11.3 What the case studies showed

11.3.1 AustralianSuper

Not all investments will perform well. Nor can a superannuation trustee guarantee the performance of investments. However, the trustee does promise its members that it will act in their best interests and exercise the same degree of care, skill and diligence as a prudent trustee. These are not impossible standards to satisfy even when an investment’s performance is less than is desired. AustralianSuper’s monitoring and management of its indirect investment in Pacific Hydro illustrates that this is so. Similarly, its prompt response to concerns raised by APRA as to the investments underlying cash products was consistent with a trustee discharging its duties.

AustralianSuper’s spending on The New Daily and the Fox and Henhouse campaign is undoubtedly more controversial. Spending on advertising, insofar as it seeks to maintain or increase scale by retaining existing members or attracting new ones or both, may be consistent with the sole purpose test. And just as not every investment will perform well, not every expenditure by a trustee on promotion will achieve the desired result.

AustralianSuper did not seek to defend the Fox and Henhouse campaign solely on the basis that it was a conventional form of advertising that promoted the merits of industry funds to consumers. Mr Silk characterised the advertisement as being directed at protecting the existing default system and thereby maintaining industry funds as the most common default superannuation funds in Australia.

Not every form of political advertising by a superannuation fund will satisfy the trustee’s obligations. Conversely, not every form of political advertising by a superannuation fund constitutes a failure to act in the best interests of members or a use of members’ funds other than in satisfaction of the sole purpose test. Nice questions of judgment are required. The particular advertisement was not directed to AustralianSuper’s particular position. It was, as Mr Silk said, directed to the interests of industry superannuation funds more generally. But AustralianSuper was only one of several contributors to the cost of the advertisement.

I am not persuaded that it was not open to AustralianSuper, as trustee, to conclude that legislative changes were possible and that, if made, those changes would adversely affect its members. This being so, I do not consider that it was shown that the expenditure may have contravened either the best interests or the sole purpose obligations.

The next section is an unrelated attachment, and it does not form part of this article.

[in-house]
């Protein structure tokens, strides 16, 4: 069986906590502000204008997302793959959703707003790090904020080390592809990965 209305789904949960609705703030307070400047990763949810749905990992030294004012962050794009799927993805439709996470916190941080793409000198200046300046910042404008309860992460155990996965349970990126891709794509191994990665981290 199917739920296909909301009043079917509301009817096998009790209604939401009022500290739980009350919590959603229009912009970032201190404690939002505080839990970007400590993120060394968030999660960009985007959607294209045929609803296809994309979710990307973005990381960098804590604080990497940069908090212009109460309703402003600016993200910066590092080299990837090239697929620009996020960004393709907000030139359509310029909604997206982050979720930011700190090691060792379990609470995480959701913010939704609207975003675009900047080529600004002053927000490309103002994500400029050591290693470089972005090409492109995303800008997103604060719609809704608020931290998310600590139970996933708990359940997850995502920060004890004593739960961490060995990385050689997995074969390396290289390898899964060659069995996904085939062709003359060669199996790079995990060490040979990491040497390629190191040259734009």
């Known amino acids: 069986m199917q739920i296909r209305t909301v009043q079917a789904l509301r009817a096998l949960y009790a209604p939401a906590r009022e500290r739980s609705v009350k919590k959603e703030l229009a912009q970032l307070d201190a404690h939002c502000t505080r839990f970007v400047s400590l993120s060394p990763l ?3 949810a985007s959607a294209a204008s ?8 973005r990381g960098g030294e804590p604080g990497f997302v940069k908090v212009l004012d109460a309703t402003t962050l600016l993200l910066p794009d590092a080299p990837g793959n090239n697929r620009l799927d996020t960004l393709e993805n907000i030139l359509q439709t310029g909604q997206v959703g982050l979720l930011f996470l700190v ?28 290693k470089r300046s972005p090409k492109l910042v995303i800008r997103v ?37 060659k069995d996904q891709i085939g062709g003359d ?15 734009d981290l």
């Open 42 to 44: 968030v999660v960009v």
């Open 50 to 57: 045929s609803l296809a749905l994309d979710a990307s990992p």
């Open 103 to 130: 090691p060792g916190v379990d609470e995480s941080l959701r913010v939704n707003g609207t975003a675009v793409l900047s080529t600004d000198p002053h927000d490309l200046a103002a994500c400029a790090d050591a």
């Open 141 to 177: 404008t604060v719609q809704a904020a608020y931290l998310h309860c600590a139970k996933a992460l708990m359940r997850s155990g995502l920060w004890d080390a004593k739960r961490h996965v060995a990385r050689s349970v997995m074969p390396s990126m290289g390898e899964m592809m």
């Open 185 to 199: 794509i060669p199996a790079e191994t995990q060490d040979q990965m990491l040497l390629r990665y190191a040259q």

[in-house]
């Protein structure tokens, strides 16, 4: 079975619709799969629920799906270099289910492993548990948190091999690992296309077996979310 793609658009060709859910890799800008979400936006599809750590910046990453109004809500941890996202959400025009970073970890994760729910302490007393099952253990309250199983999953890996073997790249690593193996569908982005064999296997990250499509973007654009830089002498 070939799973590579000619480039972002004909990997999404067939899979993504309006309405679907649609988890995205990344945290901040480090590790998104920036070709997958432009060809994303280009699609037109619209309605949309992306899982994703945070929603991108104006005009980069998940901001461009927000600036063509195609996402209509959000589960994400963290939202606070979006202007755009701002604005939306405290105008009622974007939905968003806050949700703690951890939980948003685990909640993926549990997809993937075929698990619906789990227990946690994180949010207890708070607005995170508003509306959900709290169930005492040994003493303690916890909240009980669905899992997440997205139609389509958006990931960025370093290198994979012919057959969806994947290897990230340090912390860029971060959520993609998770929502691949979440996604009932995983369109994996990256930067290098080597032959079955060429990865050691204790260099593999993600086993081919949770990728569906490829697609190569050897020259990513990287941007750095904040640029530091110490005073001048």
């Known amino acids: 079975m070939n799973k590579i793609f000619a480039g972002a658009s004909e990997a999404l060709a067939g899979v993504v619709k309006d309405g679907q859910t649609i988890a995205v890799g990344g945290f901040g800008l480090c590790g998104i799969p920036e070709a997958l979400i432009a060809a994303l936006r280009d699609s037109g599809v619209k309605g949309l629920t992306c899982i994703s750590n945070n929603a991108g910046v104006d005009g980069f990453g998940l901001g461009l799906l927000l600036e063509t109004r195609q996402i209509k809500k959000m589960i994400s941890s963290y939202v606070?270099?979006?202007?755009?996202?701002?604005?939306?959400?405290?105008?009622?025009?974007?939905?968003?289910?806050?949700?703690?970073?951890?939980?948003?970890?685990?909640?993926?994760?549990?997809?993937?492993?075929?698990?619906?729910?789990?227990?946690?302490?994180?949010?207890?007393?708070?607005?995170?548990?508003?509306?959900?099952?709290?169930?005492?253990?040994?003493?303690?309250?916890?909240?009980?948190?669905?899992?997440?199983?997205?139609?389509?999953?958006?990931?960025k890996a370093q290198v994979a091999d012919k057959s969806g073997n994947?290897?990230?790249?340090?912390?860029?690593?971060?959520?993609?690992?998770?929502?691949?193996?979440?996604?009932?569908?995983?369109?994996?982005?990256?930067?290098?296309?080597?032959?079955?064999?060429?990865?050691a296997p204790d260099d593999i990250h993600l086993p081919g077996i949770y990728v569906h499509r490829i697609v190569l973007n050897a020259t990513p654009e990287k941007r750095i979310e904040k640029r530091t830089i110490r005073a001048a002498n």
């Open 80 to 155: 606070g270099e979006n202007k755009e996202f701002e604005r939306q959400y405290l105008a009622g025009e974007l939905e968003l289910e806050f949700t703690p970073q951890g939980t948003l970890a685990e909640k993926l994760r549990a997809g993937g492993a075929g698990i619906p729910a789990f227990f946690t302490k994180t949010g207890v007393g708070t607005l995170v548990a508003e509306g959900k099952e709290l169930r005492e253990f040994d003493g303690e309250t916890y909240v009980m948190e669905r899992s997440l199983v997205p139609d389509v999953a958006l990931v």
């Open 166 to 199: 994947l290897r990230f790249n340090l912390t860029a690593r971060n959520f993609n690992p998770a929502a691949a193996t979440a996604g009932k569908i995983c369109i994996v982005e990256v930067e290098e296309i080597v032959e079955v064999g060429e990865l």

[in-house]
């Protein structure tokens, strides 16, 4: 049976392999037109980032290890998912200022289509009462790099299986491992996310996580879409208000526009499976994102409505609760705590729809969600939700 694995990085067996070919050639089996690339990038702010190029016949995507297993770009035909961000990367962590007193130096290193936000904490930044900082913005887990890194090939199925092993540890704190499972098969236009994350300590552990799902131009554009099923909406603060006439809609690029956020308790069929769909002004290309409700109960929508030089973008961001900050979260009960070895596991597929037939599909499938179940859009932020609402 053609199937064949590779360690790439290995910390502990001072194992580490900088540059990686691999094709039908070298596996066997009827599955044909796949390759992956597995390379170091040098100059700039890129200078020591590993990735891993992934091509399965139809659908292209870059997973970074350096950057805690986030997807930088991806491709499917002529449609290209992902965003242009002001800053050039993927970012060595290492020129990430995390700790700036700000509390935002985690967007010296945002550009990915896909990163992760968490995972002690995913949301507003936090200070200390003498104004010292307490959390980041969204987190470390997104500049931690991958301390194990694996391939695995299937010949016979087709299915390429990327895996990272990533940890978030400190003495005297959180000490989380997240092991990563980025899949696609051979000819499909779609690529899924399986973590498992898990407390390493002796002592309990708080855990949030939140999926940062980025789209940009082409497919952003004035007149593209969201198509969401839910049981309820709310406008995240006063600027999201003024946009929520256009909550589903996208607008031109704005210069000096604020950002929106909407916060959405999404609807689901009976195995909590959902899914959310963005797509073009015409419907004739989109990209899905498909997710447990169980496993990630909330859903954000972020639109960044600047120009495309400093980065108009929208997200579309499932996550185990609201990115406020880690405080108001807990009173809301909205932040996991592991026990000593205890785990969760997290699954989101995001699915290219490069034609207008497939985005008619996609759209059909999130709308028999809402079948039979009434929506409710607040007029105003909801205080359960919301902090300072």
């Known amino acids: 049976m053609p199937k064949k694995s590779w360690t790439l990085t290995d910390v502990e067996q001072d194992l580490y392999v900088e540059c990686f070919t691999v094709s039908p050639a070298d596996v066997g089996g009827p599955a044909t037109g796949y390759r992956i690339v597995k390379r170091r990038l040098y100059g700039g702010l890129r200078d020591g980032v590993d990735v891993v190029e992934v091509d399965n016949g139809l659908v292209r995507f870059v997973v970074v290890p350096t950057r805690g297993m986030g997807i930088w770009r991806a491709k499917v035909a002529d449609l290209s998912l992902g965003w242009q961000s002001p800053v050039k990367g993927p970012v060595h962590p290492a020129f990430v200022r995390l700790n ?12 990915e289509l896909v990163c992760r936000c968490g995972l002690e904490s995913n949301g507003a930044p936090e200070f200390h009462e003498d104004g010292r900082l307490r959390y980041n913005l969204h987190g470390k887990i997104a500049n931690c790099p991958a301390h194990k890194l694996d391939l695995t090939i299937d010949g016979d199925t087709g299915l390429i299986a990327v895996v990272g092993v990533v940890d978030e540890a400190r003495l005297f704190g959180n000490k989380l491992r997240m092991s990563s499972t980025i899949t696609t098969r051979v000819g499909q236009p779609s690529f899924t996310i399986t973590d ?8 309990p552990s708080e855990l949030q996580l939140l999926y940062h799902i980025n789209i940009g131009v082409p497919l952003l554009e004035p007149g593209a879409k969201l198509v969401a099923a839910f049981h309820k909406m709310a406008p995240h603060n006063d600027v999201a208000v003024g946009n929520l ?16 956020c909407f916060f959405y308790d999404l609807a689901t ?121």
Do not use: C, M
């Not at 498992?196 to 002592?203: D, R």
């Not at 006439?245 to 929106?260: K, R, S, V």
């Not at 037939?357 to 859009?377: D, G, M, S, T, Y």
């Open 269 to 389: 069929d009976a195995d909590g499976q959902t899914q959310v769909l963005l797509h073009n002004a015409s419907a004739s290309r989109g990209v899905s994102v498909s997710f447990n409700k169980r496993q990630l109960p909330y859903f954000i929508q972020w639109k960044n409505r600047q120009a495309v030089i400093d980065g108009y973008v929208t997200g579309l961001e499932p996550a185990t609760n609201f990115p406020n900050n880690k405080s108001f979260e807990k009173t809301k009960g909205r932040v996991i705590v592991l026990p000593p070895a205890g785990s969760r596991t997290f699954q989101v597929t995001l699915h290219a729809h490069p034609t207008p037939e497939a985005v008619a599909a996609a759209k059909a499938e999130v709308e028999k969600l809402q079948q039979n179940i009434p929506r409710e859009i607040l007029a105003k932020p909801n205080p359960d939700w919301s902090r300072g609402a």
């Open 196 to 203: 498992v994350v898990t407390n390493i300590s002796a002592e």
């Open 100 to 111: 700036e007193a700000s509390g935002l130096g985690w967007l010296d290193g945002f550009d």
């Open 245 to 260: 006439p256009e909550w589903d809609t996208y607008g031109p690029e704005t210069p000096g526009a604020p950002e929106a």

I should add that while I have no doubt at all that judging what is and is not an appropriate use of members funds for advertising will in many cases be difficult, I am not persuaded that some more prescriptive law should be made to provide some bright line test. It is better that the tests be those that are now to be applied: best interests and sole purpose. And as a general rule I would expect that most trustees would rightly err on the side of caution. Especially will that be so if regulators properly monitor compliance with the obligations.

11.3.2 Cbus

As I have emphasised many times in this report, a superannuation trustee promises its members that it will act in their best interests and exercise the same degree of care, skill and diligence as a prudent trustee. Just as it must carefully choose how to spend members’ money, it must also take reasonable steps to make sure that its spending achieves the desired results.

On the limited information available, the changes Cbus made to its ‘partnership’ arrangements after the 2015 report are an example of such steps. Having identified that it could not tell whether it was getting what it paid for, Cbus introduced process changes and initiated a review of the relevant program more broadly. That review appears to have led to a more rigorous approach to its commercial relationships, not just with its shareholders but with other organisations as well.

11.3.3 CSF

Paragraph 8 of Prudential Standard SPS 521: Conflicts of Interest required CSF to have a conflicts management framework that ensured that the RSE licensee identified all potential and actual conflicts in the RSE licensee’s business operations, and took all reasonably practicable actions to ensure that potential and actual conflicts were avoided or prudently managed.

CSF purported to manage the conflict raised by Ms Kernahan’s positions at Australian Family by having only the CEO, Mr Pegan, manage the relationship. Robert Clancy’s continued involvement in the relationship between Australian Family and CSF shows that the strategy was not effective. Further, CSF apparently did not even identify the conflict raised by Paul Clancy’s position at Australian Family until asked about it by the Commission.

Both matters suggest that CSF may not have complied with the Prudential Standard. The matter not having been so far drawn to the attention of the regulator, I refer the relevant conduct to APRA, pursuant to paragraph (a) of the Commission’s Terms of Reference for APRA to consider what action it should take.

Separately, the evidence suggested that Robert Clancy incurred significant personal expenses on his corporate credit card. Mr Haysey said that the CSF Board only became aware of a review of his expenses because a note was found in a drawer when responding to the Commission’s enquiries. At least during one period, Mr Clancy approved his own expenses, and there was a longstanding practice at CSF of using corporate cards for personal use in breach of internal policies.

CSF’s corporate credit cards are funded from money ultimately received from members. Their use should be carefully monitored and controlled. CSF did not, or could not, ensure that was the case. Its failure to do so fell below community standards and expectations.